The British Library has apologised to the widow of Ted Hughes after placing the poet on slavery dossier for the actions of an ancestor active 300 years before his birth.
Despite the Yorkshire writer's modest origins the former Poet Laureate who died in 1998 was included on a list of authors connected to “profits from slavery or from colonialism”,
He was tenuously tarred over his distant colonialist ancestor Nicholas Ferrar who died in 1637, centuries before Hughes was born, The Telegraph revealed.
The British Library has issued an apology to the poet’s widow Carol Hughes for the distress caused by the research, which has now been withdrawn.
The Ted Hughes Estate has welcomed the withdrawal of the “misleading” reference which made a “tenuous” connection between the 20th century poet and a contemporary of Shakespeare.
A statement from the British Library said that including the Hawk In the Rain author on the list caused “confusion and concern” and the reference to the poet “should not have been made”.
It continued: “We regret profoundly the distress that this has caused and have removed the spreadsheet pending a review of this research.
“In particular we wish to apologise to Mrs Carol Hughes, widow of the late Poet Laureate, Ted Hughes, and to other family members and friends.”
Researchers from the Printed Heritage Collections included Hughes on the list logging evidence of “connections to slavery”.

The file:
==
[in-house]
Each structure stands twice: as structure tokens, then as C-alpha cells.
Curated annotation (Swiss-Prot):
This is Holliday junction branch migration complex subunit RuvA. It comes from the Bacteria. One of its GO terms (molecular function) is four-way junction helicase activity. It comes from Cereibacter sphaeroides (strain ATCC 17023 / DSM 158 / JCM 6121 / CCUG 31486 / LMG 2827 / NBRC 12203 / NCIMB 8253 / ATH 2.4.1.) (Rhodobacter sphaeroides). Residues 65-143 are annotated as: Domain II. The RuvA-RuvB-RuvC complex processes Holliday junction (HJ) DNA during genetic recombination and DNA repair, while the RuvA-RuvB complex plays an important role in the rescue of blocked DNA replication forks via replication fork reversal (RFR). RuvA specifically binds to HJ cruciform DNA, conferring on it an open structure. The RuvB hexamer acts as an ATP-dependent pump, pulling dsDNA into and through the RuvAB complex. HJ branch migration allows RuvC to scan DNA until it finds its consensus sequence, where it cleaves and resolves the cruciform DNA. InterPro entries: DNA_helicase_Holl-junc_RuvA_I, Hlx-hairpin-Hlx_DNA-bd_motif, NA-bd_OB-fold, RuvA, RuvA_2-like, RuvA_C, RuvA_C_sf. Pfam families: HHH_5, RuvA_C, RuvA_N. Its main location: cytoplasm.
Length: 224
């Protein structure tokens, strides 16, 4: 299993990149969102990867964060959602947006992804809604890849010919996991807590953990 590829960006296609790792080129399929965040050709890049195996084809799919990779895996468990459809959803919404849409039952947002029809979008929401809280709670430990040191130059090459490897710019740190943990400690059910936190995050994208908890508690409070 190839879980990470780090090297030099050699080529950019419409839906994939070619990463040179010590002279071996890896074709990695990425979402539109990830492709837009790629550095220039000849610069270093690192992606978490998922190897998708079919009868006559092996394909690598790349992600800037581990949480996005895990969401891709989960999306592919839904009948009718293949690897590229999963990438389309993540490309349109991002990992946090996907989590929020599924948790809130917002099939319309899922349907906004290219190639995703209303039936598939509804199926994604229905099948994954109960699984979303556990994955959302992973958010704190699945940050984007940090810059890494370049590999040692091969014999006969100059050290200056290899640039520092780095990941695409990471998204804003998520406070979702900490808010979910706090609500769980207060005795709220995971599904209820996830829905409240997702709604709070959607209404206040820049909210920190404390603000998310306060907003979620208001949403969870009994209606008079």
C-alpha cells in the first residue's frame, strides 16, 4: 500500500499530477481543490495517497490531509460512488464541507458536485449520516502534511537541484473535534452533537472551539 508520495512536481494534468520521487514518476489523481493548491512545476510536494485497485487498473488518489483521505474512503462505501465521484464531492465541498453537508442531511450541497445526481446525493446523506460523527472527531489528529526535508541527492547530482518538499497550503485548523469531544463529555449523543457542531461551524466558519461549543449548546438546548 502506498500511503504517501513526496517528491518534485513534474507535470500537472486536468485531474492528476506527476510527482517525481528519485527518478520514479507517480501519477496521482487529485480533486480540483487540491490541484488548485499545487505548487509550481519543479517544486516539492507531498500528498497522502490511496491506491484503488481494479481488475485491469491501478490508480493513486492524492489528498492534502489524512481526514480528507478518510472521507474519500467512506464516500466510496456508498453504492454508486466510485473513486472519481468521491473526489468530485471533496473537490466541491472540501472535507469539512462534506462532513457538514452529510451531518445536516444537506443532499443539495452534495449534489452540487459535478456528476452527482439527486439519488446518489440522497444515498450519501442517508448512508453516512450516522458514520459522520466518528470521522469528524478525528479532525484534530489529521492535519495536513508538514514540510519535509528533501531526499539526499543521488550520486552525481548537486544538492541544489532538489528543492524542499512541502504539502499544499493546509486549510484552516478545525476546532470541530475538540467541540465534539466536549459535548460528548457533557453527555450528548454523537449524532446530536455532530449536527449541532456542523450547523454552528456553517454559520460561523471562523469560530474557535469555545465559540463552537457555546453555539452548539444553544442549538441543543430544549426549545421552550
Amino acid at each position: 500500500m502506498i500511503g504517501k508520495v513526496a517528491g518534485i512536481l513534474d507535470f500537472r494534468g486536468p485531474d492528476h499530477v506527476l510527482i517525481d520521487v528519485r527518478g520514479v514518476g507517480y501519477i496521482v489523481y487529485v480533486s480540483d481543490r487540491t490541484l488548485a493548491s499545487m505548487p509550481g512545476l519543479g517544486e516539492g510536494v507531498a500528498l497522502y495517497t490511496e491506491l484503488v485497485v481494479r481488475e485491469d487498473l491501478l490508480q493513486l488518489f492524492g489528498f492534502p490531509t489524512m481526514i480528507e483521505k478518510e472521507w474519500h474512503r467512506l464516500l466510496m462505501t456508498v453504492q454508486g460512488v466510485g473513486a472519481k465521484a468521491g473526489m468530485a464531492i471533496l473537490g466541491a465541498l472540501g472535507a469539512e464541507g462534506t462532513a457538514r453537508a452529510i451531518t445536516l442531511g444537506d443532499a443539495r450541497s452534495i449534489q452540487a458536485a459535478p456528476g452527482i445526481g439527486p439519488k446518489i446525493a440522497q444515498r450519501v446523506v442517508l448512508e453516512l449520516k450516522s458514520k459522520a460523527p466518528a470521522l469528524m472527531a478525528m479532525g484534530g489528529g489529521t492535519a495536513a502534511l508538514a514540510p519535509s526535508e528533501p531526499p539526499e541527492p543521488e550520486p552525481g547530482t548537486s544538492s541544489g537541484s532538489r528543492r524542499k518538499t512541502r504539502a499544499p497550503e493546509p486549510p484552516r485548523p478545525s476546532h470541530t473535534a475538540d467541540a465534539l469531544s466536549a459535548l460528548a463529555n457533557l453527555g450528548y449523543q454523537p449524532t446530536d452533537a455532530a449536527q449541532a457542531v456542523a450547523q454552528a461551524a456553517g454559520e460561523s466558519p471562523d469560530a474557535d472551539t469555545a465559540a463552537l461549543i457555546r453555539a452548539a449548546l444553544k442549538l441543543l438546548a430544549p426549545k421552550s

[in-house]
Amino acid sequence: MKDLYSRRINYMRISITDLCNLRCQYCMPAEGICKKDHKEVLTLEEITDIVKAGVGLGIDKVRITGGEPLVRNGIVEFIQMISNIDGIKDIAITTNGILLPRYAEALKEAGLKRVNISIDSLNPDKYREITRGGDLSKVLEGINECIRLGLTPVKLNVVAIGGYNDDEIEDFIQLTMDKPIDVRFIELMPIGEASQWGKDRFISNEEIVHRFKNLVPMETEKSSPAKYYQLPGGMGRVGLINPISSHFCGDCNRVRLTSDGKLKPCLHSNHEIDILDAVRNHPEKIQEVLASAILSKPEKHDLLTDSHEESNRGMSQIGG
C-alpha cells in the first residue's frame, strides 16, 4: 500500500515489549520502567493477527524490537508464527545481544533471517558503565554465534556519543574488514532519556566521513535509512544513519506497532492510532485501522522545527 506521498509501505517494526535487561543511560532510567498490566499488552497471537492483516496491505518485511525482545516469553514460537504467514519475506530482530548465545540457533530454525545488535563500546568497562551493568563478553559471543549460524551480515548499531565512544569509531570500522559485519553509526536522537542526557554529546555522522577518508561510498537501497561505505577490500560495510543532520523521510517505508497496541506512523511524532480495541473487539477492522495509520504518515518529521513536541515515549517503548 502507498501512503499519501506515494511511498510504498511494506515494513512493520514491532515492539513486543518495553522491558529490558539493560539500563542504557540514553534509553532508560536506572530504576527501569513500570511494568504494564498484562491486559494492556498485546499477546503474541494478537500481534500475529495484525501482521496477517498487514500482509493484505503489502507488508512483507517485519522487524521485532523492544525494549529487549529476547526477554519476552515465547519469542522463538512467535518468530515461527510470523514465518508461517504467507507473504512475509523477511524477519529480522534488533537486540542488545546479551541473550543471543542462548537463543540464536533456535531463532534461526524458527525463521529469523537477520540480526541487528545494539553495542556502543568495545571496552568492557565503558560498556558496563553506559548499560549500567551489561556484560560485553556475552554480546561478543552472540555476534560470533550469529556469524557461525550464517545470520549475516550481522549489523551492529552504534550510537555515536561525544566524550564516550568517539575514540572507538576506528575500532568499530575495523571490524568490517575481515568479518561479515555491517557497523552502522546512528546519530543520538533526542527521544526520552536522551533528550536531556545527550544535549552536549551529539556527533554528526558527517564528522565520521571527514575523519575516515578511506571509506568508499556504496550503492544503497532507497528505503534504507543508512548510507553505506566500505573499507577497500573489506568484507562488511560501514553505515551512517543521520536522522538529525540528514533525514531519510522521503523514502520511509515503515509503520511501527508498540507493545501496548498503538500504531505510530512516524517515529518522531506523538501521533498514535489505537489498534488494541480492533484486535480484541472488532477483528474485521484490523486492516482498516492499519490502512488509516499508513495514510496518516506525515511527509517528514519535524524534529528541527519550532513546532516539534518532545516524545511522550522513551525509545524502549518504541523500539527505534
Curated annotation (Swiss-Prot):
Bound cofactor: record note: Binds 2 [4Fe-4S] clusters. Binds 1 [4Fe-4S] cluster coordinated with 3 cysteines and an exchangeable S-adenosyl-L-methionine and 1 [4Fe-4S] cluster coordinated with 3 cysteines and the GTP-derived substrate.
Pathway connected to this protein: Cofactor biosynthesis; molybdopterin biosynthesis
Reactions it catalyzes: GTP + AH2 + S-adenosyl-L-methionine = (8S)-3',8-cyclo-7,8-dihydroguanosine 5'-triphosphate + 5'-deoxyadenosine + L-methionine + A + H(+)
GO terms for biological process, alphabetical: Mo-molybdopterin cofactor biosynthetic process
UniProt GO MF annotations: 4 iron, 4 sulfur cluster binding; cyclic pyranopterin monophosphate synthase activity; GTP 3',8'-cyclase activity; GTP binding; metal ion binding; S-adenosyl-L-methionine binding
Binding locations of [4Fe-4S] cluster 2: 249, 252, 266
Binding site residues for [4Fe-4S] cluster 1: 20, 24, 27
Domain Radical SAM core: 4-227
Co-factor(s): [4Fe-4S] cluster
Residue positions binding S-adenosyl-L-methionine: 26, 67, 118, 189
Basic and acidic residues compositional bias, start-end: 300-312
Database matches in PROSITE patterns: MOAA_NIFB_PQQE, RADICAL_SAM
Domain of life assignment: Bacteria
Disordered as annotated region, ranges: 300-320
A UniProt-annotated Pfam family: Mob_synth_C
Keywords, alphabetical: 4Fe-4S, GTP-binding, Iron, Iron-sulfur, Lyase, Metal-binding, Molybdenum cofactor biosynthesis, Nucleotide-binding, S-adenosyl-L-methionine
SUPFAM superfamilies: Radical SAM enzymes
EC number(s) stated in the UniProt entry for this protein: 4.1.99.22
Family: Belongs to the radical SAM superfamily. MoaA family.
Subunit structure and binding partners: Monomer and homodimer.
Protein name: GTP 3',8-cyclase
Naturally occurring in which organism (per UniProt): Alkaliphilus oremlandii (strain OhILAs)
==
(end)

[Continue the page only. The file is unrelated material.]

It was part of institutional work to make the British Library “anti-racist” in the wake of Black Lives Matter protests.
Lord Byron, Oscar Wilde, and George Orwell were also included for indirect links to the slave trade.
Hughes’ offending relative was Nicholas Ferrar, born in 1592, who was said to be "deeply involved" with the London Virginia Company set up to establish colonies in North America.
The British Library has now said this reference to the poet’s distant ancestry “will not be made again” and has been withdrawn “unreservedly”.
A statement from the Ted Hughes Estate said: "Mrs Carol Hughes, widow of the late Poet Laureate, Ted Hughes, has welcomed the apology from the British Library, its acknowledgement of the distress caused by comments on the Library's website that should not have been made, and its assurance that these comments will not be repeated."
Ted and Carol Hughes, nee Orchard, were married in 1970. Hughes became famous as a poet examining the brutality of the natural world, and became Poet Laureate in 1984.